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Depends on Putin 

Depends on Putin 

New sanctions may await Russia if the Kremlin does not stop supporting separatists in the east of Ukraine.

The Unites States and their allies are working on a new sanction package, stated the assistant to the US Assistant Secretary of State Victoria Nuland, who accused Moscow of supplying the separatists with tanks and missile systems, on Monday. Meanwhile Russia has introduced yet another resolution project to the UN Security Council, which contains the call to a ceasefire in the east of Ukraine, dialogue with the involvement of all sides and humanitarian aid to the population which has suffered from the results of military action. 

When making a statement in the US Marshall Fund, Victoria Nuland mentioned that the issue of imposing new large-scale sanctions on Moscow has not been taken off the agenda. According to her, the Western allies “have agreed regarding the next round of sanctions and continue examining the candidacies of individual people which may be subject to sanctions.” Nuland also added that at the moment, fines are being developed to touch on the energy, bank and defence sector of the Russian economy. Judging from the statements of the Assistant Secretary of State, such actions are completely justifiable, as Russia is still supporting Ukrainian separatists. The US, said she, is constantly pointing out to Vladimir Putin that unless Russia changes its course, they will have to pay. According to diplomatic sources, Kyiv is calling for western capitals to broaden sanctions against Moscow, thinking that if there is enough proof of direct military support of separatists on Russia’s part, Washington and its allies has enough reason to increase sanctions. However, according to Richard Weitz, fellow of the Hudson Institute in Washington, so far the US and European Union prefer the tactic of waiting it out:

“The West has already imposed sanctions on Russia, and I am not sure it is ready to act any further. I have a feeling that the Western capitals are watching the events in Ukraine and trying to weigh the signs of escalation and signs of de-escalation of the Ukrainian crisis and understand what is happening there. I think the reflection of such an approach is the fact that the French are not refusing to sell the “Mistral” helicopter carriers to Russia. I suspect that new actions of part of Washington and its allies can only be expected in case new proof arises that Russia is lending active support to the separatists. Besides everything, the attention of the White House is now concentrated on what is happening in Iraq.”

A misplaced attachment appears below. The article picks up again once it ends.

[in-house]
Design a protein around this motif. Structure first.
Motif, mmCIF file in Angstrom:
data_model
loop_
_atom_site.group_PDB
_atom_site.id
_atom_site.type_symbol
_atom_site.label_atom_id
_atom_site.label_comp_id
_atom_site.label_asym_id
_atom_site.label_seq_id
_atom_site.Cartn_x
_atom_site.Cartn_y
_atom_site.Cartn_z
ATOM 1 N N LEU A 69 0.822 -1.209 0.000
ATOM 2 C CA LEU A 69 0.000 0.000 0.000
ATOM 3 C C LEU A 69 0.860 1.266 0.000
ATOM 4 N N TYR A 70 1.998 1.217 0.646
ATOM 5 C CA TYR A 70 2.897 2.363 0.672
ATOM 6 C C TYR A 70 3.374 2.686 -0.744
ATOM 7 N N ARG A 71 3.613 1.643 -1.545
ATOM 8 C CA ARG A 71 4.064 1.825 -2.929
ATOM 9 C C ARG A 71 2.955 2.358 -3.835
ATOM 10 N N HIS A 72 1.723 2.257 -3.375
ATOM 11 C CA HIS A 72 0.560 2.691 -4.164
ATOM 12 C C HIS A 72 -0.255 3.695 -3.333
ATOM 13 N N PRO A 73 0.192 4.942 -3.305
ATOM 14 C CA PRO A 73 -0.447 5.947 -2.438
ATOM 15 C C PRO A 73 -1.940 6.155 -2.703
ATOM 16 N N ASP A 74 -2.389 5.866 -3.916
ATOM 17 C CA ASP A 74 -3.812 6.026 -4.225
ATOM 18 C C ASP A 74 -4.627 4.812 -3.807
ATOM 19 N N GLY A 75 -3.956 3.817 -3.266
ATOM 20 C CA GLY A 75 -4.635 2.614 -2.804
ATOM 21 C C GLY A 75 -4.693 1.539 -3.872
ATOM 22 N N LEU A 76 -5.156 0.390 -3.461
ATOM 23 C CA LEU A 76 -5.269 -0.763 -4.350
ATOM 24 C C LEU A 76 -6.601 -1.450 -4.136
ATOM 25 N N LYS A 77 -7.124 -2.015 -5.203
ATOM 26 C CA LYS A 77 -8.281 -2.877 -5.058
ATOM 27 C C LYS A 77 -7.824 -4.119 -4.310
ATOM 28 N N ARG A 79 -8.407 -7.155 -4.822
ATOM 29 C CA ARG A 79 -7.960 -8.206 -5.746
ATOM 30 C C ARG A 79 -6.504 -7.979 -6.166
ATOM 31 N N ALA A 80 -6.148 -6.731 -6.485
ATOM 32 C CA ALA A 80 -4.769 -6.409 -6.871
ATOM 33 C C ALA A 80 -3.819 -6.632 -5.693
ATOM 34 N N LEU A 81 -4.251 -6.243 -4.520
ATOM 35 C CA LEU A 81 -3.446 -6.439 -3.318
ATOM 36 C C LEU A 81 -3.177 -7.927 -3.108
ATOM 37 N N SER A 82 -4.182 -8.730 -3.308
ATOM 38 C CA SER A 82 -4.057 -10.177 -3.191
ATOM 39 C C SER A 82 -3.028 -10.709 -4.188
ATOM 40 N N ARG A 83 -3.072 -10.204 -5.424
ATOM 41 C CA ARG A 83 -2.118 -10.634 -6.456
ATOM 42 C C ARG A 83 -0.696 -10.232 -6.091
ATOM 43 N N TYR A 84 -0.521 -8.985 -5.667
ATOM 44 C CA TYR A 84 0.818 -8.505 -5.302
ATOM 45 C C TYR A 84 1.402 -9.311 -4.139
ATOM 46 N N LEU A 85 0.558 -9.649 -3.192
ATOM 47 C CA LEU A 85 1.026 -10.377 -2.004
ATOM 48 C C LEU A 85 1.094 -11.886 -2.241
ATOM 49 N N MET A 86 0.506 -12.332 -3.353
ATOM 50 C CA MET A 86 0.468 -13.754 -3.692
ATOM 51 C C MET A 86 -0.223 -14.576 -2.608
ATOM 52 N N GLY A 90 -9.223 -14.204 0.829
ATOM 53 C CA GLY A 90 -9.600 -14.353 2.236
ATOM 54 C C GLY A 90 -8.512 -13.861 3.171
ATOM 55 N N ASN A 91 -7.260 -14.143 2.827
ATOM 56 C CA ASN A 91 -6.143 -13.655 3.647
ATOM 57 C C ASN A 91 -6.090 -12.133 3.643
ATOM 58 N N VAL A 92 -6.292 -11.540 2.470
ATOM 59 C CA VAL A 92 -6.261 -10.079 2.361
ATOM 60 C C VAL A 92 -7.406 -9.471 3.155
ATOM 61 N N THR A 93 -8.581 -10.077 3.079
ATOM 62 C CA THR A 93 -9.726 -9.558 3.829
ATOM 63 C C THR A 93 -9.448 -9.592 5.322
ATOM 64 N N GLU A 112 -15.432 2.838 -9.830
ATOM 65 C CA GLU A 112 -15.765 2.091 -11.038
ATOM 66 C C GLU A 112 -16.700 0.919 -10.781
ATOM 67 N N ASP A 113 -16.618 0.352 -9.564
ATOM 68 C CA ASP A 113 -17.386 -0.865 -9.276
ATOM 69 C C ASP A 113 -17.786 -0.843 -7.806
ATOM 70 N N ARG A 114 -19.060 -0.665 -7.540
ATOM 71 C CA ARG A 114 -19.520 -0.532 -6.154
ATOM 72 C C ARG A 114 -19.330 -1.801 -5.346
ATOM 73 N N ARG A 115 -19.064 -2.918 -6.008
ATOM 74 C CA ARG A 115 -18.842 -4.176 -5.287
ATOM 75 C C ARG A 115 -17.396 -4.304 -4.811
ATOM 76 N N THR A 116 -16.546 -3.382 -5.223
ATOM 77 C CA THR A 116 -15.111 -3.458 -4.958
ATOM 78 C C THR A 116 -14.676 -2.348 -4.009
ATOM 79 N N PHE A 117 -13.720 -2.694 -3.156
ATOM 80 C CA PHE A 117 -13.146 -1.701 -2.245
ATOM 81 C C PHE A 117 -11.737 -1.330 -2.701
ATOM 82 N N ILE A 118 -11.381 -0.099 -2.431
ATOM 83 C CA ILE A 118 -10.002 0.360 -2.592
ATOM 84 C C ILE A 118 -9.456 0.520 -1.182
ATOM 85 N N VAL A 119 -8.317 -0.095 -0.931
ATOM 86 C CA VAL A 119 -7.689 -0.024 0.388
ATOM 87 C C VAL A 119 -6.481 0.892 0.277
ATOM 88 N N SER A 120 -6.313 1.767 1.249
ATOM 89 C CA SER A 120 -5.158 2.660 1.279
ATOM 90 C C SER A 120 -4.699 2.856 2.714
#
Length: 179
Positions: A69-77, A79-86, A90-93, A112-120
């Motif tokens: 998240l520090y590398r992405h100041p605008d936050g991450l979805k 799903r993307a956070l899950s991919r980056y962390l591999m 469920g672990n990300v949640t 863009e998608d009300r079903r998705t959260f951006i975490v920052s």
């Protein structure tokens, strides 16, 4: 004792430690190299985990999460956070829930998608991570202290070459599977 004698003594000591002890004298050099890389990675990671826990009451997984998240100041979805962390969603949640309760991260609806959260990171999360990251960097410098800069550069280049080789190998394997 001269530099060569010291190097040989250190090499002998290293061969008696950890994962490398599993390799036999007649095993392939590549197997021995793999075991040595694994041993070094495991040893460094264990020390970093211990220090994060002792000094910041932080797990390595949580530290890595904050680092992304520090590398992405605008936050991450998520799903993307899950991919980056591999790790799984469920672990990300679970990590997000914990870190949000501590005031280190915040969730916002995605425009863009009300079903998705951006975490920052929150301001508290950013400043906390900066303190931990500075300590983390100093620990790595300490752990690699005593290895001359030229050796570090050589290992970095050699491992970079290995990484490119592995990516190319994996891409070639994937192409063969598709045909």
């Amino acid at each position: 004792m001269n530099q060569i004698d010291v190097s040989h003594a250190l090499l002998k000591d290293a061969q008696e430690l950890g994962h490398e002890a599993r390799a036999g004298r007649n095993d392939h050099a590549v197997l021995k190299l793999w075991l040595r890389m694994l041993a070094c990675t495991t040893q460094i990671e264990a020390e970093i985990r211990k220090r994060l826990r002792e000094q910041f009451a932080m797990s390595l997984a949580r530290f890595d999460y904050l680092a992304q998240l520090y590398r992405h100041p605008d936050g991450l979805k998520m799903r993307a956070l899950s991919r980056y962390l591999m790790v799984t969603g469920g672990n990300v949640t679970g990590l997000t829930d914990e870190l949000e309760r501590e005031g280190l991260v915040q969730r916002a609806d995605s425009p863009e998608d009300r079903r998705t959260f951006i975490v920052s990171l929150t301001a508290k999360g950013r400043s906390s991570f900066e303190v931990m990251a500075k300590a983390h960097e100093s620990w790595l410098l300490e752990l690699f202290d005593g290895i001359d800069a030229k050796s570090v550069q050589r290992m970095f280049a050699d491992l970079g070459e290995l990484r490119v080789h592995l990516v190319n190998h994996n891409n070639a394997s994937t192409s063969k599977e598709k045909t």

US economist Richard Ebeling from the Northwood University in Michigan suspects that the economical fears of several European countries still remain a weighty argument preventing the broadening of sanctions.

“I think the US would probably want to impose additional sanctions against the Russian energy sector, banks, financial system, but it is still unknown how far the Europeans are ready to go on this path. It is known that German companies that have quiet broad relations with Russia, are pressuring Berlin, warning that Germany will also have to pay for the large-scale sanctions against Russia. I think that if Russia were to invade Ukraine, European leaders would be backed into a corner, and they would have nothing left to do but impose harsher sanctions against Moscow. But Putin, possibly feeling the threat, has recently decreased the temperature of his statements in order not to give direct grounds to impose sanctions.”

Meanwhile on Monday Russia has renewed its efforts in the UN Security Council to implement another resolution project, which contains the call to Kyiv and the separatists forces to cease fire, give humanitarian aid to the population of the eastern oblasts and behind national dialogue. So far Moscow’s Ukrainian initiatives in the Security Council have either yielded nothing, or public condemnation of Russia’s action by the vast majority of the members. The members of the Council, for example, refused to support the statement with the condemnation of the attack on the Russian embassy in Kyiv. Russia put the blame of obstruction on Lithuania, which, according to them, was the only one against the condemnation of the attack on the embassy. But, as the Vilnius ambassador in the UN Raimonda Murmokayte explained, the members of the Security Council considered that it was also necessary to condemn the destruction of the Ukrainian transportation jet, which Russia refused to do and preferred, according to Lithuania, to recall its statement.


The Russian initiatives in the UN have been doomed to fail up until now for one reason: Moscow is seen by the international community as a participant of the conflict, directly interested in its outcome. For example, Russia’s past two attempts to hand in a resolution with demands for a ceasefire and talks ended with nothing, because the Russian diplomats refused to add a point about regard for Ukrainian territorial integrity into their project. Russian representative in the UN Vitaliy Churkin announced on Monday that this wish was accounted for in the latest draft. However Lithuanian representative in the UN Security Council stated that her government will thoroughly examine this document to make sure that Russia has not excluded Crimea from the definition of Ukraine’s sovereign territory and the the legal government of Ukraine and their actions will not be equated to those of the illegal separatist groups.

Source: Svoboda

Translated by Mariya Shcherbinina

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